Saturday, April 6, 2013

Budget Prestidigitation - False Long Term Solutions To Be Served Up

One consistent hallmark of all of City budgets since Ballard was elected Mayor, has been the early public relations effort flowing through the press, trying to shape what the public thinks about the budget.  For instance, in the first couple, while revenues were growing, the early press claimed near-crippling shortfalls.  The early press dictated the later press.  As the recession's impact actually began, and election rhetoric was heating up, the early press claimed near dodges of cuts in services - while the administration pulled tens of millions of dollars from the downtown TIF to make ends meet, hoping not to be noticed.

We now enter the post-recession era, as property values are rebounding.  Now what will they blame for any budget difficulties?  Income tax revenues are expected to grow.  Increased property values should lead to fewer people hitting the tax caps.  Budgets, by all revenue accounts, should be getting easier to manage than the past few years.

Yet, where are we?  I point to two news items by IndyStar's excellent City Beat reporter, Jon Murray.  Yesterday Murray reported on the property tax bills that are about to be mailed in "70% of Marion County homeowners to see higher property tax bills".  He writes:
In Marion County, the treasurer’s office estimates that 64 percent of the 366,264 bills it will send out for properties of all types will reflect an increase. The total amount being billed this year, slightly more than $1 billion, is up 4 percent.
There are three sources for the increased bills and the increased total tax collection.  First is the increased assessed value for Marion County property.  Property values outside of TIF districts increased by 1%, according to the budget order of the Department of Local Government Finance.  Second is the increased property tax revenue being requested by the various governmental units.  The third is all property value kept from paying for local government services because they are either consumed by TIF districts or deliberately kept as government-owned, tax-free, property.

Today, Murray's story is about the behind the scenes discussions on the 2014 budget, which are said to be veering necessarily to layoffs of police and fire personnel, among other cuts; "Indianapolis, Marion County leaders are finding $30M in budget cuts a tough task".
Now administration and council leaders are staring at options that range from eliminating vacant positions, renegotiating contracts and making simple accounting transfers to much more difficult considerations, such as cutting back on a parks after-school program or transferring some pools on school grounds back to Indianapolis Public Schools’ control.

Then there are the possibilities of police furloughs and layoffs of firefighters and deputy prosecutors, as well as cutbacks on public defender services.
They want you to blame property tax caps for any coming public safety service cuts.
A new wrench in the debate is recent notification from the state that tax caps were expected to trim $10 million more than expected from the municipal budgets this year, adding more pressure to cut back. 
So, how did property tax cap penalties grow so much?  If the assessed value is rising on 64% of all property owners, fewer people should be hitting the tax caps, and the tax cap penalty hitting local government should be dropping.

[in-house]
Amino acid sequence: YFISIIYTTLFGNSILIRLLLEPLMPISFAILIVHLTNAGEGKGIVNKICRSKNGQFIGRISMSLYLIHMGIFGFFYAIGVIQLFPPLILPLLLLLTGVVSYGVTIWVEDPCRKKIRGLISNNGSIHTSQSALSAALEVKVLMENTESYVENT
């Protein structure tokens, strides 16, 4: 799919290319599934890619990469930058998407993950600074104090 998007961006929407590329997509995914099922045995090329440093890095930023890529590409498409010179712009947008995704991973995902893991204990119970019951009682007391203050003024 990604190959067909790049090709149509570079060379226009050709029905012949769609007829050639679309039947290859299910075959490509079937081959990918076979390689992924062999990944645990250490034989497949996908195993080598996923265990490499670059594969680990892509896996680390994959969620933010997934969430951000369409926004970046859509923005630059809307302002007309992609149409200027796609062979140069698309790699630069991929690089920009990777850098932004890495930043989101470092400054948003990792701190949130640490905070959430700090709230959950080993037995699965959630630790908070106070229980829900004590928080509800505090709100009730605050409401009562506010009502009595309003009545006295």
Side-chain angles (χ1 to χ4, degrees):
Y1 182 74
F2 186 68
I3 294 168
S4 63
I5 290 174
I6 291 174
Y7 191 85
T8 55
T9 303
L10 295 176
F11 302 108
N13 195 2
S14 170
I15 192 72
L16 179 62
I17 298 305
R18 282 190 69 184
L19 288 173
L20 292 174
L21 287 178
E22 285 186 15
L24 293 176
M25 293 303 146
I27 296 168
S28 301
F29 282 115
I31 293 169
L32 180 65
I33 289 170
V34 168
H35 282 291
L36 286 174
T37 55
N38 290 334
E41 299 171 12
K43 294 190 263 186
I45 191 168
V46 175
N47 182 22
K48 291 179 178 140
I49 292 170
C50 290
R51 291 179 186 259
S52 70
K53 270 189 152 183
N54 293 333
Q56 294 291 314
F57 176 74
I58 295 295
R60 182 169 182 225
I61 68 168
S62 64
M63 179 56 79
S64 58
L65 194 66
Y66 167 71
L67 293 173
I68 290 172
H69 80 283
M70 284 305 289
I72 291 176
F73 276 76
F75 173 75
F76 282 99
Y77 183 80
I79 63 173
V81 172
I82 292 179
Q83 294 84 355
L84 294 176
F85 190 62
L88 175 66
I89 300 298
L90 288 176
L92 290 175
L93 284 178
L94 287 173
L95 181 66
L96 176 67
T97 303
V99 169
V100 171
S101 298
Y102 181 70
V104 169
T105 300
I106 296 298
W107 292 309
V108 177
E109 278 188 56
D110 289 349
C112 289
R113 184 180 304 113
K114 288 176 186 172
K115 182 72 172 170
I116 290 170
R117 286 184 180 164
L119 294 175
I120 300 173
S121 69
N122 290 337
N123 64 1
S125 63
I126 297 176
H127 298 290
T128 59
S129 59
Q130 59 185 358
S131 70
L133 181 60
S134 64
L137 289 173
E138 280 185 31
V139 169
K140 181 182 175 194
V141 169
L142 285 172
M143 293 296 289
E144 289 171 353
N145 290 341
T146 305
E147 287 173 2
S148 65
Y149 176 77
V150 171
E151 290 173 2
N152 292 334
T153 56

The silent player in all of this are the TIF districts - which were expanded significantly this year despite the fact that they accounted for over 40% of the tax cap penalties for local government last year.  The more property value consumed by TIF districts, the higher the hit on local government's coffers.  Its simple.

Any real long term solution will have to put more property value on the non-TIF property tax rolls.

We MUST retire older TIF districts as their oldest bonds become due. 

We MUST call on the Airport to return to the tax rolls, the hundreds of acres it does not need for aviation purposes.

We CANNOT grow fast enough through so-called economic development cash giveaways to compensate for the speed with which we have grown our TIF districts.

Yes, this year they'll blame tax caps, when they have shown no desire to limit the real cause of the post-recession budget difficulties.


Gary R. Welsh said...

How can anyone blame property tax caps when the Treasurer's office says that only 17% of the property taxpayers are at the cap?

Had Enough Indy? said...

Excellent point.

Anonymous said...

Doesn't that argument require a bit more accounting? For instance, if 70% of all properties in Marion County increased in value by 1%, then 70% of all properties would see an increase in their tax bills.

Likewise, since what's captured in the TIF is the stuff that's added post TIF, wouldn't it be worthwhile to explore how property that's within a TIF, but not captured because it's what was there pre-TIF, is growing (or not growing) in AV?

Had Enough Indy? said...

70% of residential properties (64% of all properties) increased in av - so yes, those bills would go up, regardless of whether they hit the tax caps.

The base in TIFs gets converted into increment through an annual filing with DLGF - so pre-TIF gets to be random as far as if any pre-TIF value remains.

Yes, there are many ingredients. Still TIFs do pull property off the tax rolls that are paying for services - rather those tax revenues are spent on business ventures and amenities that businesses want but would rather not pay for themselves.

Anonymous said...

So the new TIF that includes Broad Ripple could easily take all the existing valuation of all of Broad Ripple and turn it into increment, giving that TIF millions of dollars next year?

Had Enough Indy? said...

Yes, but it is more likely to take a couple of years.